Once again, much of Bonobo’s work brings to mind feelings of driving through snow covered landscapes, or perhaps wandering at night through a city from which the Northern Lights are visible. My favorite tracks, including “Migration,” “Outlier," and “Second Sun” are carried by this chilly, atmospheric texture, combined with subtly driving grooves, while still developing into a well-structured song with twists, turns, tension, and release. On the other hand, I didn’t particularly enjoy the Nick Murphy track, mostly because it felt out of place texturally with the vibe of the record. I also enjoyed “Figures,” which reworks an Elkie Brooks sample originally used in this Moodymann song in a new and interesting way, as well as “Grains,” which twists some unintelligible vocal sample into a mystic, primal rhythmic dance backed up by some luscious strings.
Overall, I really enjoyed this record. It has a uniquely emotional vibe that permeates through almost every track, as well as plenty of ventures into unexpected textures, harmonies and sounds. JATIN
RIYL: Lapalux, Boards of Canada, Cepia
Recommended Tracks: 1, 4, 6, 7
Litto Nebbia - Bazar De Los Milagros: Time to go back into Argentine history to highlight a pioneer of Argentinean and Latin American rock. Litto Nebbia, born in 1948, forever changed music in Argentina through his constant innovation and introduction of Rock into the mainstream.
I spoke with my father, David Mosquera, who was born in 1955 in Buenos Aires and experienced as a youth the music revolution that Nebbia was a prominent figure in. He told me that at the time in Latin America the music styles were primarily traditional, either folkloric or classical. Nebbia spearheaded the development of a genre that was at the time wildly different from anything anyone had ever heard before in Latin America. It was rebellious music made by younger musicians for younger people. Before Bazar De Los Milagros Nebbia had one iconic hit, La Balsa (The Raft). La Balsa encourages escapism, the lyrics call for leaving society on a raft, not to any destination but to naufragar (to sink). My father emphasized that very little music at the time openly dealt with the prominent emotional sentiment of the younger generation like La Balsa did. In a country with increasing political and military control, there was a growing sense of disillusionment and Nebbia was one of the first to empathize through music.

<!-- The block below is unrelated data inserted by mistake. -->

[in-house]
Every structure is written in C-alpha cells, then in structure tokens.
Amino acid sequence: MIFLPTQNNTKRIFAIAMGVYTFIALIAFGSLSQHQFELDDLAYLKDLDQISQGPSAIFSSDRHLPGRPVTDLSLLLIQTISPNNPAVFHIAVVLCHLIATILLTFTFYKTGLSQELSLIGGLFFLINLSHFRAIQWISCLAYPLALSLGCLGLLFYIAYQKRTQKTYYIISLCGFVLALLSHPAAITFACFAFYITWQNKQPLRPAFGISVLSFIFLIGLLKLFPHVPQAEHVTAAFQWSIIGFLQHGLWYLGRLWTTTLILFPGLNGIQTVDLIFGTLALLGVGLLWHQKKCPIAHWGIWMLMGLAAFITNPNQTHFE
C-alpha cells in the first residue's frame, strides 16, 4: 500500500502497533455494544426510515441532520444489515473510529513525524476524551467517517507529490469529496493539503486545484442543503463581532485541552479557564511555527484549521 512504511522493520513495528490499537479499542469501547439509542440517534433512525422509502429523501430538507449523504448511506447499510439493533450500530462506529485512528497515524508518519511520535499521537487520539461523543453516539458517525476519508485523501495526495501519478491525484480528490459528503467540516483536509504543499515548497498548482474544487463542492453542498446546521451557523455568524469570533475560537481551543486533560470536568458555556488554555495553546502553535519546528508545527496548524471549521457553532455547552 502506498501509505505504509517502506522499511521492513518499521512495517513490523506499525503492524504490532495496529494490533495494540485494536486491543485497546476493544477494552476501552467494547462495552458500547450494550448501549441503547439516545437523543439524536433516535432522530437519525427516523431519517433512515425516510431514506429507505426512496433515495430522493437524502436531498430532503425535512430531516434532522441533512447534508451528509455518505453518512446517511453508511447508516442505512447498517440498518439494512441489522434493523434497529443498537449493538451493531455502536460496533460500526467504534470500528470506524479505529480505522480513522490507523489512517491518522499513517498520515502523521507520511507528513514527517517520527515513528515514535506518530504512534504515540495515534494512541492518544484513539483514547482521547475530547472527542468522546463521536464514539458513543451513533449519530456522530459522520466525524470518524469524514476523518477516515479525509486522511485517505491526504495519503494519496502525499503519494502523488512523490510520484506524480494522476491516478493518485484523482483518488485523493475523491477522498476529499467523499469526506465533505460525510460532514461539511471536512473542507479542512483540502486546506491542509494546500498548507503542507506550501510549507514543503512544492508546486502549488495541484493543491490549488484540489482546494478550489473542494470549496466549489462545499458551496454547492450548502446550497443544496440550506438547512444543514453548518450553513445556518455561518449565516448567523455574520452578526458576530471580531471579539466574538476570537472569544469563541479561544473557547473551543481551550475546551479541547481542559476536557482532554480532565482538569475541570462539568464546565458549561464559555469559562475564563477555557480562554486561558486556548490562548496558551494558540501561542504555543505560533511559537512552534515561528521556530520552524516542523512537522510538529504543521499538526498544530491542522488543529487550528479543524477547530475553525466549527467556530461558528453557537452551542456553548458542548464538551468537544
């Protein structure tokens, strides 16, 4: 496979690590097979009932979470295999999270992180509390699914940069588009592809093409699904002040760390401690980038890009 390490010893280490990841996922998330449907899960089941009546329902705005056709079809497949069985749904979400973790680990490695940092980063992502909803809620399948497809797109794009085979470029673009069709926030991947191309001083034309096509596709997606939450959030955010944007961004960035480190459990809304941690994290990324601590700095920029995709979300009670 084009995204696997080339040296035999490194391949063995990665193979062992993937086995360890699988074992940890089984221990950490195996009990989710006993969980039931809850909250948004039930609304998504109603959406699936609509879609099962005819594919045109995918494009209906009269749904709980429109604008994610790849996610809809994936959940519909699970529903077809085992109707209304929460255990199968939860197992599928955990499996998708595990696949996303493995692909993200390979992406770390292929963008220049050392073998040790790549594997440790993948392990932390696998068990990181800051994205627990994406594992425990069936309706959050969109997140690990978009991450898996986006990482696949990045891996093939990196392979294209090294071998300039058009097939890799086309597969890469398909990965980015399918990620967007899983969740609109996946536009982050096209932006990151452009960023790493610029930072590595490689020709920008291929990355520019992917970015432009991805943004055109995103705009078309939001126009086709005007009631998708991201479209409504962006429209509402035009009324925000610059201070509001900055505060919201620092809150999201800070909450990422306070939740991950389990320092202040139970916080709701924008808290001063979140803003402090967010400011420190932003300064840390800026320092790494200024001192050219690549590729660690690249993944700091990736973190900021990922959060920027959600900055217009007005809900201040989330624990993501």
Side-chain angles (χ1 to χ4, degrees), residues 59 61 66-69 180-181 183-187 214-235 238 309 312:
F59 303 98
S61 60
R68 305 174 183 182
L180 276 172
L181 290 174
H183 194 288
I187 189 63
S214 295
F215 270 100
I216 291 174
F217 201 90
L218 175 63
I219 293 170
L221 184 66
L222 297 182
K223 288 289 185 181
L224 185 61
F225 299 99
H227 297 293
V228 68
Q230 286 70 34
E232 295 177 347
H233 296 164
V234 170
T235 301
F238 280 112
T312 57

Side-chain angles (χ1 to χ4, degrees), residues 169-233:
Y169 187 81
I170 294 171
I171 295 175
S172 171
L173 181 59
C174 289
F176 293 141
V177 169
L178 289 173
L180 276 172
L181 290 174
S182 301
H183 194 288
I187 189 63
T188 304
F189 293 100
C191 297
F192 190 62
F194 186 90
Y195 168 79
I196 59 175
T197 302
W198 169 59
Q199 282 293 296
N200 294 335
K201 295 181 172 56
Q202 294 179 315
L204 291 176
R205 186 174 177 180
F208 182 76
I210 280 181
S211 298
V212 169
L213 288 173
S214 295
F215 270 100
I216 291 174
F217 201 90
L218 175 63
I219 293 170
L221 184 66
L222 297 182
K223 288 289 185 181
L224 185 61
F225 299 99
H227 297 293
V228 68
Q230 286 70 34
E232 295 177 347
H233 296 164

This album Bazar De Los Milagros (Bazaar of Miracles) released in 1976, the same year that Argentina would fall under dictatorship, stands out as Litto Nebbia’s most enduring piece of music stylistically. The album is not as culturally impactful as some of his other works but it stands up extremely well over the years as a piece of forward thinking and expertly composed prog rock. Litto’s strength as a keyboardist shines as he plays on Fender Rhodes, acoustic piano, Mini-Moog, organs, and other synths to create tracks that meld traditional Argentine stylings with prog, jazz and pop. The album encapsulates what Nebbia was able to do for Argentine music, build off of past work by bringing in new styles and create something new and wholly Argentinean.
As my father would put it, “Es una leyenda.” RAMIRO
RIYL: Jazz, Prog, World
Recommended Tracks: 1, 4, 5
SINGLES OF THE WEEEEEEEEEK
Show Me The Body - TRASH: Saw them once in Chicago, got punched in the jaw by the lead singer. This song allows me to relive that experience.
Thundercat - Show You The Way (feat. Michael McDonald & Kenny Loggins): The polar opposite experience of that Show Me The Body track, so if you hated that, then check this out.
Father John Misty - Two Wildly Different Perspectives / Pure Comedy: New politically charged material from Father John released earlier this week and today. Very somber tones.
ANOHNI - PARADISE: Anthony Fantano of The Needle Drop described this as a trap ballad, as if it that were a bad thing. What a fool.